March 20, 2014


964_Stop and Start

About 4 months ago I had an Achilles surgery to fix a chronic injury caused by over training for long distance running. I am now on the road to recovery and am not only walking and hiking but also starting to be able to run again. I am doing only 5 minutes of running in an hour hike but it is a start. It is a baby step that in time will lead to more, which hopefully will get me running again.

These small steps, literally, will eventually add up. I have noticed in so many areas of life that it is these small steps that seem to be the most efficient way to accomplish something. I think it has to do with the fact that having the pauses in-between the attempts, the spaces when you are not trying, that allows you to recalibrate from the knowledge gained from the previous effort. In other words, instead of trying to accomplish one massive undertaking in one fell swoop; it is done from many efforts, utilizing time.

This, of course, relates to how I structure my art process. I find that coming and going frequently in my art practice gives me the best results. I often have wondered why. As I have been trying to run again, and applying the same thinking to my physical recovery I have come to some possible conclusions.

Firstly, if you start and stop more often, then there will simply be more moments of starting. I find that the first 30 minutes of making art, especially if I am returning to a half completed painting, are the most potent. If I am paying attention I often can accomplish a tremendous amount in this time. Breakthroughs generally happen during the beginning. I believe it has something to do with having objectivity. When I first start painting I am able to see the painting more clearly, more objectively simply because I have not been looking at this particular painting. After a few hours, and for me this is around 3, I lose the objectivity and my decision-making becomes compromised. Seeing things for the first time, repeatedly, seems to accelerate learning.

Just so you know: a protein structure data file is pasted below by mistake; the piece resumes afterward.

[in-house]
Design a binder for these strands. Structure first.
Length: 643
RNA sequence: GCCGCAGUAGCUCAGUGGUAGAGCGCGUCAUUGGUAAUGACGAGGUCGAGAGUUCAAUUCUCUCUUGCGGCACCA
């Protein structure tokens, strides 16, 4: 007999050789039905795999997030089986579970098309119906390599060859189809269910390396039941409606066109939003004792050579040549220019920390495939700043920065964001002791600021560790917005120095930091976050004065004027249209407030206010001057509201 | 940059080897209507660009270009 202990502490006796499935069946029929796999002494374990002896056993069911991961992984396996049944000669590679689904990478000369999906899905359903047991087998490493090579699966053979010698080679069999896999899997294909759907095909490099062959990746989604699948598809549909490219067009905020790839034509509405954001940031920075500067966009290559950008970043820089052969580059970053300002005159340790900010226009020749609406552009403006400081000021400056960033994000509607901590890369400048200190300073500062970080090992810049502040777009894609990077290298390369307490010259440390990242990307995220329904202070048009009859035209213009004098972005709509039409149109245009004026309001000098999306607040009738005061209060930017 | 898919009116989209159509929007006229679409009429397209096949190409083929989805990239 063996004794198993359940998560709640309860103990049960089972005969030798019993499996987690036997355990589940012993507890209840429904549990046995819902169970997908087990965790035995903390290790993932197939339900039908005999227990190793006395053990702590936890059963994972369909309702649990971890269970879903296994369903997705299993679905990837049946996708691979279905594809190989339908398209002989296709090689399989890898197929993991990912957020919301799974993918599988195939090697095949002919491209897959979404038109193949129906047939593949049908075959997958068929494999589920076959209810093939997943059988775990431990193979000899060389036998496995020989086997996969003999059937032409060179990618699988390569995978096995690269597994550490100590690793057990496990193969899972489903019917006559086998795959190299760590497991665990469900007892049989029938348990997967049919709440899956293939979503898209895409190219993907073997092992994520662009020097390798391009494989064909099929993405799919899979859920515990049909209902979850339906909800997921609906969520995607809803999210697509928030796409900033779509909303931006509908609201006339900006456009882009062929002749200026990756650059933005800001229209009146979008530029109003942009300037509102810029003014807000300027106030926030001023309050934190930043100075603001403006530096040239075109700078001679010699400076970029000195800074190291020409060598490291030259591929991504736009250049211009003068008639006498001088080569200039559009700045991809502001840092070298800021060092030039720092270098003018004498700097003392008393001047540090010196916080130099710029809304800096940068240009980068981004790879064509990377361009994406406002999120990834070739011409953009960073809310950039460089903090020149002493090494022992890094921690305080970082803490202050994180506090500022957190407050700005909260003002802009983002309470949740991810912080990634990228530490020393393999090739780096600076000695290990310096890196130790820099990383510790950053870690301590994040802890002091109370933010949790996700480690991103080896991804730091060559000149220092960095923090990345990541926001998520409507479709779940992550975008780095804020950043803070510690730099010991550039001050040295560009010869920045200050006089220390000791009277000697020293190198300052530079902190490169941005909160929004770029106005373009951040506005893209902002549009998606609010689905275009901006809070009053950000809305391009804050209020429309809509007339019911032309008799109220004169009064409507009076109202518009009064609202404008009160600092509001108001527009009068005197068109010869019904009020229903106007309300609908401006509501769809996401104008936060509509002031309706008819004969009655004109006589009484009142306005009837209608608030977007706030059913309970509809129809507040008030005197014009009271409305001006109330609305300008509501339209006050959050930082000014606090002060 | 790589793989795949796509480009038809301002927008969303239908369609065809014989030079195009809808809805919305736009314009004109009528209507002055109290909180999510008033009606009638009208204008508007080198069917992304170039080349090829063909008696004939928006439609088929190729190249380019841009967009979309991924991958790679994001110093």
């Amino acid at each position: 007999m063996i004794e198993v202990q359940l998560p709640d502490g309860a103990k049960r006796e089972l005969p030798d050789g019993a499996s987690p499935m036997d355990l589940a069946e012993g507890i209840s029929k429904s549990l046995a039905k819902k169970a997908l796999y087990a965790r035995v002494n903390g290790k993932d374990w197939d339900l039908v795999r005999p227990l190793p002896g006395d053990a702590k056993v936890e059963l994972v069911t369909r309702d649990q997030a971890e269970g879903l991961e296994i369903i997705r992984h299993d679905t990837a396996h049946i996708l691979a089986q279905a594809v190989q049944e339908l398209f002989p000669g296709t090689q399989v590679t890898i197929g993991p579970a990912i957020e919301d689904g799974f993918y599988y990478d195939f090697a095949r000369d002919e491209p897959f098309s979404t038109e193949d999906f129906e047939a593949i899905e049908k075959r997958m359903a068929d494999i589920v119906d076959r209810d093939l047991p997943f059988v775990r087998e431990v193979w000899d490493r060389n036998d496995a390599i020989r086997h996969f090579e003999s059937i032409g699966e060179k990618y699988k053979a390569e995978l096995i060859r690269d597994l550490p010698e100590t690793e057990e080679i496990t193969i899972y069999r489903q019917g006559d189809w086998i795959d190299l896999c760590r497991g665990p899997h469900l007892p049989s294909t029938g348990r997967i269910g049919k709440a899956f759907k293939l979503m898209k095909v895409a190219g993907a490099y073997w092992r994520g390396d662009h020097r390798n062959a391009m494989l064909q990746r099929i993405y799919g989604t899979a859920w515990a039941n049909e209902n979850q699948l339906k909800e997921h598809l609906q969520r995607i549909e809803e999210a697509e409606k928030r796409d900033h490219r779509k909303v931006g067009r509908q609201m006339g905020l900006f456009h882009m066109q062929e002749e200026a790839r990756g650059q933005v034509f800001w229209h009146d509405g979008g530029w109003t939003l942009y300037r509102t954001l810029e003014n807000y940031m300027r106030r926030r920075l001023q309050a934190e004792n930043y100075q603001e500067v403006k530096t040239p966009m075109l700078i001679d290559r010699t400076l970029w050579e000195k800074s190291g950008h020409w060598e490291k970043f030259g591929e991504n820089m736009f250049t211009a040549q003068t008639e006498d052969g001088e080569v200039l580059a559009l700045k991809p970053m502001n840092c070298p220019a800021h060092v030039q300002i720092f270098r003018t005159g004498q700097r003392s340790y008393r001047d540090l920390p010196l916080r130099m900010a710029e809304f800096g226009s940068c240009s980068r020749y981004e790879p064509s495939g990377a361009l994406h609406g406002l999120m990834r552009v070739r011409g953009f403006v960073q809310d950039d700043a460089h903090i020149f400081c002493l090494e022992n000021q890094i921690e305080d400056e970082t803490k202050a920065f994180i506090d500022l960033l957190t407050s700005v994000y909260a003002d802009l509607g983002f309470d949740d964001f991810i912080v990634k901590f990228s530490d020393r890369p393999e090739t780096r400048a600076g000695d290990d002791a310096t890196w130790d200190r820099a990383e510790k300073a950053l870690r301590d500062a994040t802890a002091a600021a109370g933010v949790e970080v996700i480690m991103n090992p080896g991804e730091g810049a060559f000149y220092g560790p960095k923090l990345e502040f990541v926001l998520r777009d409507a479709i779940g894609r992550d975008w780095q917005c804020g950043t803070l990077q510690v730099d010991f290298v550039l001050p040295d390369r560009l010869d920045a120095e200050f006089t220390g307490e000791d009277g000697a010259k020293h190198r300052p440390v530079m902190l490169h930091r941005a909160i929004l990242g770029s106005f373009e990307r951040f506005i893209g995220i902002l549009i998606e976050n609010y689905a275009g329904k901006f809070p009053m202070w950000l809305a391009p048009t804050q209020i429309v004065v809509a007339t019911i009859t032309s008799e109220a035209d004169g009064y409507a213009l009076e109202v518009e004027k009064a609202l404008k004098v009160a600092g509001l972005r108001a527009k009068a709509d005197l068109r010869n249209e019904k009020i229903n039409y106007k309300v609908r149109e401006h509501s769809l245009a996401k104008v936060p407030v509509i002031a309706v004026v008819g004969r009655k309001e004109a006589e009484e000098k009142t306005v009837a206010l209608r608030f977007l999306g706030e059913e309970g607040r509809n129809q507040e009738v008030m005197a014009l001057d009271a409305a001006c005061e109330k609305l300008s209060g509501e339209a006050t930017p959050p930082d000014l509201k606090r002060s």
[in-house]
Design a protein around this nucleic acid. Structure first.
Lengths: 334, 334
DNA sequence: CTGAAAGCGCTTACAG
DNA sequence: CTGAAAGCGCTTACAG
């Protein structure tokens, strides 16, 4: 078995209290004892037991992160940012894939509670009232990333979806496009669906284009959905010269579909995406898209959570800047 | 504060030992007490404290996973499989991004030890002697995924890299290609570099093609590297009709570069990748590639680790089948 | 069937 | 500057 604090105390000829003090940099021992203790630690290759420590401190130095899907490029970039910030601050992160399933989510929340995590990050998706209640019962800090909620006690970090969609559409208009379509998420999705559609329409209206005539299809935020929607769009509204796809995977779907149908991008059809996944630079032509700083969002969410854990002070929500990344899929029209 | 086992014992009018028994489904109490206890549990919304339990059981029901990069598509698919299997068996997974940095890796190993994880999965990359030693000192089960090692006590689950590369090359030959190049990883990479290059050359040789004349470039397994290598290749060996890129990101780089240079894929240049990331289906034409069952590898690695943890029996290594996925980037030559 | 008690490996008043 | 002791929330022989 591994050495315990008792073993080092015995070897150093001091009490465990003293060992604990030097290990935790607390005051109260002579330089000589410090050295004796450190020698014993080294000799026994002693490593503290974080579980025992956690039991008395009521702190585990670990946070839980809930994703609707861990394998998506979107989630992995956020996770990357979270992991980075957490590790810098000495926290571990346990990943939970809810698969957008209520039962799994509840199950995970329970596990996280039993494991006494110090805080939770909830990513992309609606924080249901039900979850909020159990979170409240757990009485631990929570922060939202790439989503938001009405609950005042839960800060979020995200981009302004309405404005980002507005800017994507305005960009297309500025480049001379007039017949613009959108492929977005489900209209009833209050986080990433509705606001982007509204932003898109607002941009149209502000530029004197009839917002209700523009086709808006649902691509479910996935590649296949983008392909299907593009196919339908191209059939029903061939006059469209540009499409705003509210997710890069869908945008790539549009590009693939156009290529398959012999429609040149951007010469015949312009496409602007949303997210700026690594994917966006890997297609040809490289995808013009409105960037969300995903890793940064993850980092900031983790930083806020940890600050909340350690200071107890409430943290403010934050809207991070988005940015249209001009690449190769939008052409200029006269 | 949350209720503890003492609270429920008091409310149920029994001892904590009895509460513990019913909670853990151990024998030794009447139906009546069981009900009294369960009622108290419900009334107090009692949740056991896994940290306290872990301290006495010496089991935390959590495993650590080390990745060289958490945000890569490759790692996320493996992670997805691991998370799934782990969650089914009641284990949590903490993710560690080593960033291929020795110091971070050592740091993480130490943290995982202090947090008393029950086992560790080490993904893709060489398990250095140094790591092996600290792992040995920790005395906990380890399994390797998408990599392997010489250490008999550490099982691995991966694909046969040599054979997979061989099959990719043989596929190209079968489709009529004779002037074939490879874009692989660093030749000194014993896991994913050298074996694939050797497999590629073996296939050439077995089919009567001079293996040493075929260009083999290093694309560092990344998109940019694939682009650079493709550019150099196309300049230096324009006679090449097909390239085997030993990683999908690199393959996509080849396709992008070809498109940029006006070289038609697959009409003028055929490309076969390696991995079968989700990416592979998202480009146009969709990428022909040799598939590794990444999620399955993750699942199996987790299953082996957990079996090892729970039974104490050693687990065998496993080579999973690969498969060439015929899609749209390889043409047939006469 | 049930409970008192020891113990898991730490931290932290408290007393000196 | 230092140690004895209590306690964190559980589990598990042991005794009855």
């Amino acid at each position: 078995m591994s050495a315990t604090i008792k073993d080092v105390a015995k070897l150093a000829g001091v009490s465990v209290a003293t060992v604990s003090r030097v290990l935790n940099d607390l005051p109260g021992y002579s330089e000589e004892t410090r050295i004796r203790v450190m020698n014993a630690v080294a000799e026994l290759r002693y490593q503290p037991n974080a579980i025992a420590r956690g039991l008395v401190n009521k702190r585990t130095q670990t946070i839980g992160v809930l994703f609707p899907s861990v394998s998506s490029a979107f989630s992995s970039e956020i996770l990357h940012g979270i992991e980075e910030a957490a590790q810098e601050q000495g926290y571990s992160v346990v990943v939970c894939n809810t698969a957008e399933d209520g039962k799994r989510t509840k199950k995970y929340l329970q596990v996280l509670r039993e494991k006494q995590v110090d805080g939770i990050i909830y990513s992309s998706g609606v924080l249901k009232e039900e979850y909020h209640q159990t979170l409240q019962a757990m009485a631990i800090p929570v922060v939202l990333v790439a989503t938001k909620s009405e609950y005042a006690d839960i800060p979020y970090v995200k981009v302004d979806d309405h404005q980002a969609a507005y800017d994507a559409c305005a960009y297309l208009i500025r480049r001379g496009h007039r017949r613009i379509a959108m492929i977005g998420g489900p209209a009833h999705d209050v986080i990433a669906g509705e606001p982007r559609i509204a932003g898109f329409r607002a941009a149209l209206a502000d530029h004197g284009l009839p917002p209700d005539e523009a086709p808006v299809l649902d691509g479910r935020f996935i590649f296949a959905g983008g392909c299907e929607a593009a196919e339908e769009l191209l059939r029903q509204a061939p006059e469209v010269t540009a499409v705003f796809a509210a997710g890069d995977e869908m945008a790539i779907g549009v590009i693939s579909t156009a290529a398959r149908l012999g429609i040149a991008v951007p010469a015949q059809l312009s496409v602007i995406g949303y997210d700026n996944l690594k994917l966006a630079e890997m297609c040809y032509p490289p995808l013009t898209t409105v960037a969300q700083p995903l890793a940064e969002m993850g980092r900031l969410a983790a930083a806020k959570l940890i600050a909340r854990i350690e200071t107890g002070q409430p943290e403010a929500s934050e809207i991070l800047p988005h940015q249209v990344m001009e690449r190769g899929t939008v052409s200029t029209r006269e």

Secondly, and I think this one is really important, has to do with time. If on Monday I work briefly on a painting and then return to it on a Tuesday, I can look at Monday’s efforts having more life experiences, in this case one day, to better be able to adjust Mondays paintings to feel more current – more like Tuesday. It is subtle but I actually see that there is knowledge gained from working even briefly on a painting that then can be utilized when you return. This “find your way as you go” puts time on your side and uses, relies on actually, the notion that we are being influenced by everything around us all the time.

Coming and going often better allows your outside world to enter and influence the inside world of your art. Increasing the breaks, which increases the number of efforts can dramatically embolden your art.

Is this your experience? What works best for you?

In anticipation, Nicholas

Nicholas Wilton

Hi! I’m
Nicholas Wilton
the founder of Art2Life.

With over 20 years experience as a working artist and educator, I’ve developed a systematic approach that brings authenticity, spontaneity and joy back into the creative process.

Join me and artists from all over the world in our Free Art2Life Artists Facebook Group or learn more here about Art2Life.

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